Macon Training Site (MTS)
The Macon Training Site (MTS) is operated by the Missouri Army National Guard. Public access is limited to foot traffic only. Parking areas are available at entrance gate(s). No military training will be scheduled during the spring turkey or the fall firearms deer seasons. Fishing is allowedin accordance with the state wildlife code. The post is closed to all public access at any time units are in training.
In 1996 the Army's Natural Resources Conservation Award for installations of 10,000 acres or less went to Macon Training Site, Missouri Army National Guard. The Macon Training Site was commended for its success in integrating a strong natural resources conservation program into its overall mission. Its efforts to inventory and monitor natural resources resulted in the discovery and complete survey of a candidate plant for the federal endangered species list. In addition, Macon staff demonstrated an innovative approach to their natural resource management plans by implementing an ecosystem- based land management plan and incorporating this approach into the overall Integrated Natural Resource Management Plan.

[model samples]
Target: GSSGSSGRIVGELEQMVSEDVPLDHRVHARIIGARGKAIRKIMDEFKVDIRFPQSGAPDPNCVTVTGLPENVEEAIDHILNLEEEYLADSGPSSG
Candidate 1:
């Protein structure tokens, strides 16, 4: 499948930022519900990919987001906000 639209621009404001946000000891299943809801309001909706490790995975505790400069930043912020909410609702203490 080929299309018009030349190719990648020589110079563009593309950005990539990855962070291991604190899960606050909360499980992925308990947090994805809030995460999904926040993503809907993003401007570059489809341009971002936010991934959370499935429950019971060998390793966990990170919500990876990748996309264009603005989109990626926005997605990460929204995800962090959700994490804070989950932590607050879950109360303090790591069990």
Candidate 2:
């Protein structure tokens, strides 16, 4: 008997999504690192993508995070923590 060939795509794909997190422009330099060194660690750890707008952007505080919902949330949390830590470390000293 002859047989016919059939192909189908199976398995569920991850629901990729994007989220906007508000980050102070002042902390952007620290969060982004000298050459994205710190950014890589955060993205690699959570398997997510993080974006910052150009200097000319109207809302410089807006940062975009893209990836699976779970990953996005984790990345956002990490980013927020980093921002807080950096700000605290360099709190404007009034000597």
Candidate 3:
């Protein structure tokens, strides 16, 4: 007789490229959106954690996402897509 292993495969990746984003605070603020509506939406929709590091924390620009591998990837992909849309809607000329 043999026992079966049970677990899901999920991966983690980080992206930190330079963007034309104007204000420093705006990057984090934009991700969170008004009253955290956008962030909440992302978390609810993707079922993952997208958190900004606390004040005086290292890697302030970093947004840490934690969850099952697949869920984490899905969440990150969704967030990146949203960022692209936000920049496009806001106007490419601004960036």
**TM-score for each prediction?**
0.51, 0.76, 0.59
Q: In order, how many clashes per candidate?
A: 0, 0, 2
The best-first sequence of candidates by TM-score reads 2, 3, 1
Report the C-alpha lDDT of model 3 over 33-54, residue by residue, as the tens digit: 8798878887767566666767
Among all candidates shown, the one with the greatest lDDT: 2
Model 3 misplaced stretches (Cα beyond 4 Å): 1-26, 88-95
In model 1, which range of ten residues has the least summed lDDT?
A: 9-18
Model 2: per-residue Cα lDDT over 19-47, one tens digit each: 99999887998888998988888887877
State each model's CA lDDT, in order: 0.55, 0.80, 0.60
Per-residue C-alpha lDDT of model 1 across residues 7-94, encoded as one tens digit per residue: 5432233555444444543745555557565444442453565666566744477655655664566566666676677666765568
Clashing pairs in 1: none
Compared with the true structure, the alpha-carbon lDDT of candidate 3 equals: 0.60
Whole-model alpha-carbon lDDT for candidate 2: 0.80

Macon Training Site provides a much needed habitat to migrating waterfowl and marshland mammals, a resource that is diminishing elsewhere. Wetlands once covered almost 4.8 million acres of Missouri, but more than 87 percent of that original acreage has succumbed to farming, development, and destruction by soil sedimentation. However, there is no shortage of lakes, ponds, and marshes at MTS. The East Fork of the Chariton River flows along the western boundary of MTS where freshwater marshes and several oxbows are found. In 1991 and 1992, the Missouri National Guard built three freshwater marshes at the site. The manmade marshes provide flood protection, water purification, and wildlife habitat, but their construction presented some unique challenges to Missouri Guard engineers. Soils at MTS are unstable and erode easily because they were strip mined by the site's previous owner. Unstable soils are susceptible to erosion and could deposit in the training site's marshes as sediment. Native plants, which adapted to soil conditions after strip mining, were used to stabilize the banks of the marsh. Black willows were found to be a readily available and cheap source of native plants.
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